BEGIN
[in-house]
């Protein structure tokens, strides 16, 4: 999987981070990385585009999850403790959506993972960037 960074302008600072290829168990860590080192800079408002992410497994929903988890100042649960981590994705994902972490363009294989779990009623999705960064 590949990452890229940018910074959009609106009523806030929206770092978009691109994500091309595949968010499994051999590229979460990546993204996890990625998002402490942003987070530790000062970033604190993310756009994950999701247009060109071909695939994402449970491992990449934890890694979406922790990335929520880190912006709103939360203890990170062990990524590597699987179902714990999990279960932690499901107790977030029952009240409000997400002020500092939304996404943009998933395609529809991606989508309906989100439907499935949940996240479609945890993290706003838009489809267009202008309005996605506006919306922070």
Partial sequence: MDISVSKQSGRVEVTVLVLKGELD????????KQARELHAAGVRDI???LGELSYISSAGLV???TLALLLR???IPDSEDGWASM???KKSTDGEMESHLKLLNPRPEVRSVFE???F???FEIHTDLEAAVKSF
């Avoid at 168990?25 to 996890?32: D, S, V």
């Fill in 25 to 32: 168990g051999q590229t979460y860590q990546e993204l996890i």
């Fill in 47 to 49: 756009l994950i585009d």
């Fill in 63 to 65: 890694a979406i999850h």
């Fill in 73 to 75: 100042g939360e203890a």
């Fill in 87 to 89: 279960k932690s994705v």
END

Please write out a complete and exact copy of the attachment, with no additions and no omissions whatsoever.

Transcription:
[in-house]
């Protein structure tokens, strides 16, 4: 999987981070990385585009999850403790959506993972960037 960074302008600072290829168990860590080192800079408002992410497994929903988890100042649960981590994705994902972490363009294989779990009623999705960064 590949990452890229940018910074959009609106009523806030929206770092978009691109994500091309595949968010499994051999590229979460990546993204996890990625998002402490942003987070530790000062970033604190993310756009994950999701247009060109071909695939994402449970491992990449934890890694979406922790990335929520880190912006709103939360203890990170062990990524590597699987179902714990999990279960932690499901107790977030029952009240409000997400002020500092939304996404943009998933395609529809991606989508309906989100439907499935949940996240479609945890993290706003838009489809267009202008309005996605506006919306922070």
Partial sequence: MDISVSKQSGRVEVTVLVLKGELD????????KQARELHAAGVRDI???LGELSYISSAGLV???TLALLLR???IPDSEDGWASM???KKSTDGEMESHLKLLNPRPEVRSVFE???F???FEIHTDLEAAVKSF
């Avoid at 168990?25 to 996890?32: D, S, V």
């Fill in 25 to 32: 168990g051999q590229t979460y860590q990546e993204l996890i």
């Fill in 47 to 49: 756009l994950i585009d």
């Fill in 63 to 65: 890694a979406i999850h």
């Fill in 73 to 75: 100042g939360e203890a």
């Fill in 87 to 89: 279960k932690s994705v």